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Roark dominating after delivery alteration

Righty using more abbreviated windup, hasn't allowed an earned run over 8 IP this spring
MLB.com @JamalCollier

JUPITER, Fla. -- Add Nationals right-hander Tanner Roark to the list of pitchers switching to a more simple delivery instead of a full windup. Roark used a modified windup during his four scoreless innings during Wednesday's 2-1 loss to the Cardinals, a sort of abbreviated delivery from his usual starting point.

He started more straight on toward the plate with his shoulders facing third base, instead of a full windup where he begins with his shoulders facing the plate. He is still taking small steps and going through a windup, so he has not completely ditched his previous delivery like his teammate Stephen Strasburg, who started pitching exclusively from the stretch last season.

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JUPITER, Fla. -- Add Nationals right-hander Tanner Roark to the list of pitchers switching to a more simple delivery instead of a full windup. Roark used a modified windup during his four scoreless innings during Wednesday's 2-1 loss to the Cardinals, a sort of abbreviated delivery from his usual starting point.

He started more straight on toward the plate with his shoulders facing third base, instead of a full windup where he begins with his shoulders facing the plate. He is still taking small steps and going through a windup, so he has not completely ditched his previous delivery like his teammate Stephen Strasburg, who started pitching exclusively from the stretch last season.

View Full Game Coverage

Instead, Roark compared his modified delivery to David Price of the Red Sox, or Noah Syndergaard of the Mets.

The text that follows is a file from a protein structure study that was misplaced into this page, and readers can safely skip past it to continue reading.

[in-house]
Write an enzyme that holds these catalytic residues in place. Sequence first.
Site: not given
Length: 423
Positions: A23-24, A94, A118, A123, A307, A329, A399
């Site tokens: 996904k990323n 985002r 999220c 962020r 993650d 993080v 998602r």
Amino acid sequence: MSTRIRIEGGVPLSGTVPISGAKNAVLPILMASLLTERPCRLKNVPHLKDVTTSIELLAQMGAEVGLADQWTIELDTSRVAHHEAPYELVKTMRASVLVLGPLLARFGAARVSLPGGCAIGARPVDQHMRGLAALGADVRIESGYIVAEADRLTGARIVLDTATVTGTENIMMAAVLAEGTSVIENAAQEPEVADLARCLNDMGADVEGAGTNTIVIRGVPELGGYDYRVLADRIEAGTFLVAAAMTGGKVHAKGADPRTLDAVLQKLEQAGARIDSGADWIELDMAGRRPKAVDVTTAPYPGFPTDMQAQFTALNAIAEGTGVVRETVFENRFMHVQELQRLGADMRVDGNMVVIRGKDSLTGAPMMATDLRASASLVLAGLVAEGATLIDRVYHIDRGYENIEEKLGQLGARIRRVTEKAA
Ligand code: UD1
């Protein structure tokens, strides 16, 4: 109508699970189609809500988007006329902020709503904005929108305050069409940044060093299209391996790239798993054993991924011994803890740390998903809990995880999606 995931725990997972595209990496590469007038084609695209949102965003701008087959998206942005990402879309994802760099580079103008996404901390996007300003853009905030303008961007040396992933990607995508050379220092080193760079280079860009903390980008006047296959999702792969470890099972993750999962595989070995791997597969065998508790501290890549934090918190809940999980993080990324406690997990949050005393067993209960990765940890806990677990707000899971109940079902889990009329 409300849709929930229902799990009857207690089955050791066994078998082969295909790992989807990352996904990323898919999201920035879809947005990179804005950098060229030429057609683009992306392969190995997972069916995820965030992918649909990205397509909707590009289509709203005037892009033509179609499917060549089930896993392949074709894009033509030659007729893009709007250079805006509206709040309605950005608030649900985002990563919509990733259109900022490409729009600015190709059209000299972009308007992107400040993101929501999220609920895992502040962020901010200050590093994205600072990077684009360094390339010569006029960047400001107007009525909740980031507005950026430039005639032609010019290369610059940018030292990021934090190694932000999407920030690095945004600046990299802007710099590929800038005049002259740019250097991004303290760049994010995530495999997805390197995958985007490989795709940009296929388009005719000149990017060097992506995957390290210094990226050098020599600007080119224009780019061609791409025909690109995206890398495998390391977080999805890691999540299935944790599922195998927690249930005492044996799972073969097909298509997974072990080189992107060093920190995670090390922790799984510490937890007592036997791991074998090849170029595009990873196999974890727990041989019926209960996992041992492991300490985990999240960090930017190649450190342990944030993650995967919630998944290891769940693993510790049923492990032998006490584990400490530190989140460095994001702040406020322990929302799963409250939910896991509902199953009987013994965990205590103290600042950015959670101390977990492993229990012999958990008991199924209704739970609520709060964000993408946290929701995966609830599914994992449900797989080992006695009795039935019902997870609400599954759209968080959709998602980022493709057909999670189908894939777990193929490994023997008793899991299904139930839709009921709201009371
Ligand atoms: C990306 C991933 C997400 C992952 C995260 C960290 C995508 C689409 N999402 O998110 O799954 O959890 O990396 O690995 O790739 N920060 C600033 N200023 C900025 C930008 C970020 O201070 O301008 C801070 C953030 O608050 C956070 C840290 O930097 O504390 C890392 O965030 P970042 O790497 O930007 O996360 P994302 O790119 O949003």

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"Simple, so you don't have to think too much," Roark said of his new delivery. "You don't have to worry about much. If something is off mechanics-wise, it should be an easy fix."

Thinking too much was a problem that plagued Roark throughout the first half of 2017. His season got off to a rocky start after pitching for Team USA in the World Baseball Classic, and his ERA snowballed to 5.27 by the All-Star break. He settled down and looked more like himself during the second half of the year, with a 3.90 ERA the rest of the way, but Roark still believes he got in his own head.

So, during the offseason Roark devised a plan to modify his windup. It lines up with the philosophy of pitching coach Derek Lilliquist, who has been stressing the importance of throwing strikes on the first pitch of a count and keeping it simple with his staff.

"I think it's about consistency, throwing strikes," manager Dave Martinez said. "We preach a lot about getting ahead of hitters and throwing strike one. ... I think there's less energy involved as well. They like it. It's working out well so far."

The change has produced strong results this spring. Roark has yet to allow an earned run through eight innings and continues to feel stronger as Spring Training continues. Where at times he had the tendency to get off-balanced from his usual windup, this adjustment should help correct that. And, although he is still getting used to the new delivery, he has plans to continue using it for now.

"It feels simple -- what I want out of mechanics," he said. "You have a tendency to think too much sometimes. Sometimes if you get stuck in a rut or keep overthinking it just adds, adds, adds. So, simplifying mechanics, you can find easy fixes."

Jamal Collier has covered the Nationals for MLB.com since 2016. Follow him on Twitter at @jamalcollier.

Washington Nationals, Tanner Roark